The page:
She wasn’t sure how to react to him now. It definitely wasn’t a tender hug, but the close contact made her undisclosed desires stir all the same. She couldn’t help wondering if he felt even a fraction of what she did.
His arms were strong, and she felt safe in the circle of them. She’d never imagined that she could feel so comfortable and so uncomfortable at the same time. She waited within the space of his embrace to see where this was going.
“So, how is this going to work?” he demanded roughly against the top of her head.
She froze. “What do you mean?” she asked as her heartbeat sped up.
He released her, and she realized that he wasn’t talking about them—he was talking about her plan to find a killer. She tried to ignore the sharp stab of disappointment she felt.
But she recovered quickly. “I was thinking that we would start going out, you know, to places where our friends, and girls from other schools, might hang out. We can go after school and on weekends, for as long as it takes, until either the police catch him, or until I cross paths with him. Either way, he needs to be stopped, Jay.” She looked up at him again, this time feeling vulnerable for an entirely different reason. “I just don’t think I can sit by while more girls are abducted, or worse, found dead.” Her voice fractured on the last word, even though she was trying to stay composed. She hated feeling so helpless and weak, and she hated admitting that she needed help. But she did.
She needed Jay to go with her. Because despite her bold words about doing it by herself, it was all just a bluff. She really wasn’t sure if she could do it on her own.
“All right,” he finally agreed, flashing her the same stupid grin that always made her heart stutter, even though he still seemed uncertain. “How ’bout we start by going to the movies tonight? We can make sure the theater is safe.”
It took some doing to convince her parents to let her go out after the news of Hailey McDonald’s disappearance. If it hadn’t been for Jay’s promise not to let her out of his sight, they would never have agreed at all. They seemed to feel even better when Jay insisted on driving, since his mom’s car was infinitely more modern than her beater Honda.
After checking the movie times online, they decided on an action flick that had just opened and was playing at the nearest theater, in Bonney Lake, the city where Brooke Johnson had lived.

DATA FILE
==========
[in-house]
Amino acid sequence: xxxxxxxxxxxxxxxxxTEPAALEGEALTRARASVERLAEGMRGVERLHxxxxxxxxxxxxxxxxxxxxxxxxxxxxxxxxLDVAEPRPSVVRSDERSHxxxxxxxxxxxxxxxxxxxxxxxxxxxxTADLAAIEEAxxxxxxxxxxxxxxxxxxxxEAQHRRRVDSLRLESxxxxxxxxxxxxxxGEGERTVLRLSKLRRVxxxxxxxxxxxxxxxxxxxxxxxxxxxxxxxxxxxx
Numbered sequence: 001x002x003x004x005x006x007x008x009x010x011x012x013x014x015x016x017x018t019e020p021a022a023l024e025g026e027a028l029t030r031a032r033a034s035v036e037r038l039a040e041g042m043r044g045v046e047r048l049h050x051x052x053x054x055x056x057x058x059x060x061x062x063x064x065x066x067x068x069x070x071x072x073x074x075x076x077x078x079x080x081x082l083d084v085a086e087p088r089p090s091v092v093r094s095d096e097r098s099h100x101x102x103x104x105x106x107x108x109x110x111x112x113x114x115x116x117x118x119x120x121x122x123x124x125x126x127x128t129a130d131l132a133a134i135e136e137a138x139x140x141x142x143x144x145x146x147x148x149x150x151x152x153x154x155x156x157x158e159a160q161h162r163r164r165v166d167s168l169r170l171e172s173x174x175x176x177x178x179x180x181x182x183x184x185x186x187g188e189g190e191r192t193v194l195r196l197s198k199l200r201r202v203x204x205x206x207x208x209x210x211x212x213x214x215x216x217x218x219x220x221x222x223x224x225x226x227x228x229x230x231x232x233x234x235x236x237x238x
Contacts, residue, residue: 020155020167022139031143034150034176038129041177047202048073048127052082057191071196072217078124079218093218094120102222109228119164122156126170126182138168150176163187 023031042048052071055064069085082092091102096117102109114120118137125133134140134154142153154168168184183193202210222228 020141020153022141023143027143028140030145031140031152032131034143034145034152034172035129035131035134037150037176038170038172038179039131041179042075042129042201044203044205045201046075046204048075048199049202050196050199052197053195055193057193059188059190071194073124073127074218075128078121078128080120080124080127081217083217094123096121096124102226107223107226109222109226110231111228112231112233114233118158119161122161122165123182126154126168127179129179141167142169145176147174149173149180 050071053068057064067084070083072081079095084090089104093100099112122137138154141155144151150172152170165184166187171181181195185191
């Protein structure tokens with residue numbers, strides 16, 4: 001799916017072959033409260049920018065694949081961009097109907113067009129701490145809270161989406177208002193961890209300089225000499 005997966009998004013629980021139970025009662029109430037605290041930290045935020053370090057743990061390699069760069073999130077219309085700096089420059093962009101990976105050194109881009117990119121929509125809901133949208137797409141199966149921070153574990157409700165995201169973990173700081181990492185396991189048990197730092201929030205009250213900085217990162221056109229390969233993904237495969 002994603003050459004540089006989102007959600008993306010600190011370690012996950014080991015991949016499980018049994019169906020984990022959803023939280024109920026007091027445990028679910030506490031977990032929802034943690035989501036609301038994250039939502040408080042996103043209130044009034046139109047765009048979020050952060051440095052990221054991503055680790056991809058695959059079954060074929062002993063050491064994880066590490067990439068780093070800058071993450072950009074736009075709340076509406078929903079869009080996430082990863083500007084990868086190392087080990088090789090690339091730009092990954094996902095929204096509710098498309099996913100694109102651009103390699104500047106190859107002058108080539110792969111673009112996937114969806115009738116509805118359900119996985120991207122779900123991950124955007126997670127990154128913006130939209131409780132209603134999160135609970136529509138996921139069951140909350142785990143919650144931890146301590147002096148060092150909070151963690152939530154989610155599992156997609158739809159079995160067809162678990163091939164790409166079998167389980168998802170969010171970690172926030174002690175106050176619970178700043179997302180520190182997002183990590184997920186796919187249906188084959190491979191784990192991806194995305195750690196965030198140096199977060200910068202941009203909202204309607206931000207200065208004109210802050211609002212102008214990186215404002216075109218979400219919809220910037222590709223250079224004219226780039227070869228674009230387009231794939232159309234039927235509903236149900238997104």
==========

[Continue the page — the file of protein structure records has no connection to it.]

If someone had been searching for teenage girls to abduct, Saturday night at the multiplex would have been the perfect place to go. Clusters of kids, ranging from probably eleven or twelve all the way into young adulthood, moved in swarms around the freestanding building and drifted aimlessly around the crowded parking lot. Inside the lobby, they were like energetic herds as they moved into, and out of, the theaters.
Violet had never really stopped to watch the groupings before, and it was a bit like watching spastic monkeys at the zoo. But they weren’t really what she was interested in tonight.
She was there to find a killer. It was only a bonus that she was there with Jay.
They ran into a group of friends from school who were seeing the newest gross-out comedy release, and they stopped to chat for a few minutes. The girls in the group perked up the moment they realized that Jay Heaton was around, and Violet felt a twinge of satisfaction that he was her date tonight…even if it wasn’t really a date.
Once Jay was in her sights, Amanda Kaufman’s appreciative gaze never left him. “Hey, Jay,” she said, practically purring at him, ignoring everyone else around her—including her boyfriend, who wasn’t paying any attention. “You look great.” She reached out and rubbed his chest. “I like your jacket. It’s sooo soft,” she cooed.
Violet looked at it, wondering if she’d missed something special. She hadn’t. It was just a plain gray hoodie—pretty much like every other hoodie that every other boy in school wore every single day.
Violet looked at Jay and raised her eyebrows. She knew he noticed her glance, even though he was pretending to ignore her.
“Thanks,” he said to Amanda in a voice that was a little too congenial, and Violet realized that he liked the attention.
Amanda giggled, and Violet nearly laughed out loud at the high-pitched sound that came out of her mouth. Amanda’s boyfriend, Cameron, a senior football player, was too busy talking about next week’s game with his buddies to even notice that his girlfriend was flirting right under his nose.
Violet tried to pay attention to her surroundings, concentrating on sensing anything unusual.
She already knew that one of the imprints would be a glowing, oily sheen like that from the girl in the lake, and she would easily recognize it on the killer if she saw him. She just didn’t know what his other imprints would be.
But it didn’t take Violet long to realize that there was nothing out of the ordinary in the lobby, so instead she sipped her Coke and watched the girls fawn over Jay. She kept thinking that she should be jealous of all their attention, but she just couldn’t manage it because she was having too much fun watching them make fools of themselves. And that included Jay.
The other two girls in the group were encouraged by his reaction to Amanda. Yvette Siegel tried next, and her boyfriend was just as clueless as Amanda’s. “I bet you’ll look great in your tux,” she praised Jay.
“Did you already pick one out?” Alexandra Yates asked. She was the only one without a boyfriend, and she stepped forward, practically shoving the other two girls—her friends—out of her way to get closer to him.